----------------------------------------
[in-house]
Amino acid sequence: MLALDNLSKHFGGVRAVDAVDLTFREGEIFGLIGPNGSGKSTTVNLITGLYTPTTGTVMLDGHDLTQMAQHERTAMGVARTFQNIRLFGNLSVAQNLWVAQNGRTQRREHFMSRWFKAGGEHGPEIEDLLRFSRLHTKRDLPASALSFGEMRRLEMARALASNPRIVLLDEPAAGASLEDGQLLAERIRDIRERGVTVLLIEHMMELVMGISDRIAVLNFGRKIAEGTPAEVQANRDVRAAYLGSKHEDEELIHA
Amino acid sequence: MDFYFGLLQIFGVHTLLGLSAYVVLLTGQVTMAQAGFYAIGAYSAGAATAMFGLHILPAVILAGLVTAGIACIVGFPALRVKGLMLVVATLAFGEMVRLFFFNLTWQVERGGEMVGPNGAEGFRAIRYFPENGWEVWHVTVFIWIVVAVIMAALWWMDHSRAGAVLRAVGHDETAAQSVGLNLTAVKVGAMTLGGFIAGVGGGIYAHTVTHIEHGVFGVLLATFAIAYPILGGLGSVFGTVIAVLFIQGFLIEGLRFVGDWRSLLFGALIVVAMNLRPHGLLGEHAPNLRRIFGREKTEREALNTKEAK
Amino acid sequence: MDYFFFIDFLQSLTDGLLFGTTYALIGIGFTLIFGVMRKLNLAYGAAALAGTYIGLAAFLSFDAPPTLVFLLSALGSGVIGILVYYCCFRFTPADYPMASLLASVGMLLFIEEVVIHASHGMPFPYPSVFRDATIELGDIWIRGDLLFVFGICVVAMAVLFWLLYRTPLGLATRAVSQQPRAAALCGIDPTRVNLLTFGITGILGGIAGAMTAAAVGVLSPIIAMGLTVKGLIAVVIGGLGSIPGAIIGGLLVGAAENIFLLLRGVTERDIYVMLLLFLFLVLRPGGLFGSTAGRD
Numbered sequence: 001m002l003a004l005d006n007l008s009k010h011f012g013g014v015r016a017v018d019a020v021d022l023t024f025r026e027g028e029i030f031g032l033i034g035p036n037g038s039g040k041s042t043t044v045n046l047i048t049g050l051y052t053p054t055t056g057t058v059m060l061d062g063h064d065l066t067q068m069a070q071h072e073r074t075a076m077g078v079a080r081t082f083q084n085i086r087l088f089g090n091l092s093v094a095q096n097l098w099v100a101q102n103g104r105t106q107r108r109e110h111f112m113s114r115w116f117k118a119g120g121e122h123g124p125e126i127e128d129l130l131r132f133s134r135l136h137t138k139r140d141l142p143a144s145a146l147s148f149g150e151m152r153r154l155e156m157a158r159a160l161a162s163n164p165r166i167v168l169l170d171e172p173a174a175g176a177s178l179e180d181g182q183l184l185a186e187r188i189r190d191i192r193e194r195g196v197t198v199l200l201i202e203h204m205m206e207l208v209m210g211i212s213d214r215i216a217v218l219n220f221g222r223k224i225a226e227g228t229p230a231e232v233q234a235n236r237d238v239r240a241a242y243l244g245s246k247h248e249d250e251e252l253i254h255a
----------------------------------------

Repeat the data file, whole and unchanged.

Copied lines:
[in-house]
Amino acid sequence: MLALDNLSKHFGGVRAVDAVDLTFREGEIFGLIGPNGSGKSTTVNLITGLYTPTTGTVMLDGHDLTQMAQHERTAMGVARTFQNIRLFGNLSVAQNLWVAQNGRTQRREHFMSRWFKAGGEHGPEIEDLLRFSRLHTKRDLPASALSFGEMRRLEMARALASNPRIVLLDEPAAGASLEDGQLLAERIRDIRERGVTVLLIEHMMELVMGISDRIAVLNFGRKIAEGTPAEVQANRDVRAAYLGSKHEDEELIHA
Amino acid sequence: MDFYFGLLQIFGVHTLLGLSAYVVLLTGQVTMAQAGFYAIGAYSAGAATAMFGLHILPAVILAGLVTAGIACIVGFPALRVKGLMLVVATLAFGEMVRLFFFNLTWQVERGGEMVGPNGAEGFRAIRYFPENGWEVWHVTVFIWIVVAVIMAALWWMDHSRAGAVLRAVGHDETAAQSVGLNLTAVKVGAMTLGGFIAGVGGGIYAHTVTHIEHGVFGVLLATFAIAYPILGGLGSVFGTVIAVLFIQGFLIEGLRFVGDWRSLLFGALIVVAMNLRPHGLLGEHAPNLRRIFGREKTEREALNTKEAK
Amino acid sequence: MDYFFFIDFLQSLTDGLLFGTTYALIGIGFTLIFGVMRKLNLAYGAAALAGTYIGLAAFLSFDAPPTLVFLLSALGSGVIGILVYYCCFRFTPADYPMASLLASVGMLLFIEEVVIHASHGMPFPYPSVFRDATIELGDIWIRGDLLFVFGICVVAMAVLFWLLYRTPLGLATRAVSQQPRAAALCGIDPTRVNLLTFGITGILGGIAGAMTAAAVGVLSPIIAMGLTVKGLIAVVIGGLGSIPGAIIGGLLVGAAENIFLLLRGVTERDIYVMLLLFLFLVLRPGGLFGSTAGRD
Numbered sequence: 001m002l003a004l005d006n007l008s009k010h011f012g013g014v015r016a017v018d019a020v021d022l023t024f025r026e027g028e029i030f031g032l033i034g035p036n037g038s039g040k041s042t043t044v045n046l047i048t049g050l051y052t053p054t055t056g057t058v059m060l061d062g063h064d065l066t067q068m069a070q071h072e073r074t075a076m077g078v079a080r081t082f083q084n085i086r087l088f089g090n091l092s093v094a095q096n097l098w099v100a101q102n103g104r105t106q107r108r109e110h111f112m113s114r115w116f117k118a119g120g121e122h123g124p125e126i127e128d129l130l131r132f133s134r135l136h137t138k139r140d141l142p143a144s145a146l147s148f149g150e151m152r153r154l155e156m157a158r159a160l161a162s163n164p165r166i167v168l169l170d171e172p173a174a175g176a177s178l179e180d181g182q183l184l185a186e187r188i189r190d191i192r193e194r195g196v197t198v199l200l201i202e203h204m205m206e207l208v209m210g211i212s213d214r215i216a217v218l219n220f221g222r223k224i225a226e227g228t229p230a231e232v233q234a235n236r237d238v239r240a241a242y243l244g245s246k247h248e249d250e251e252l253i254h255a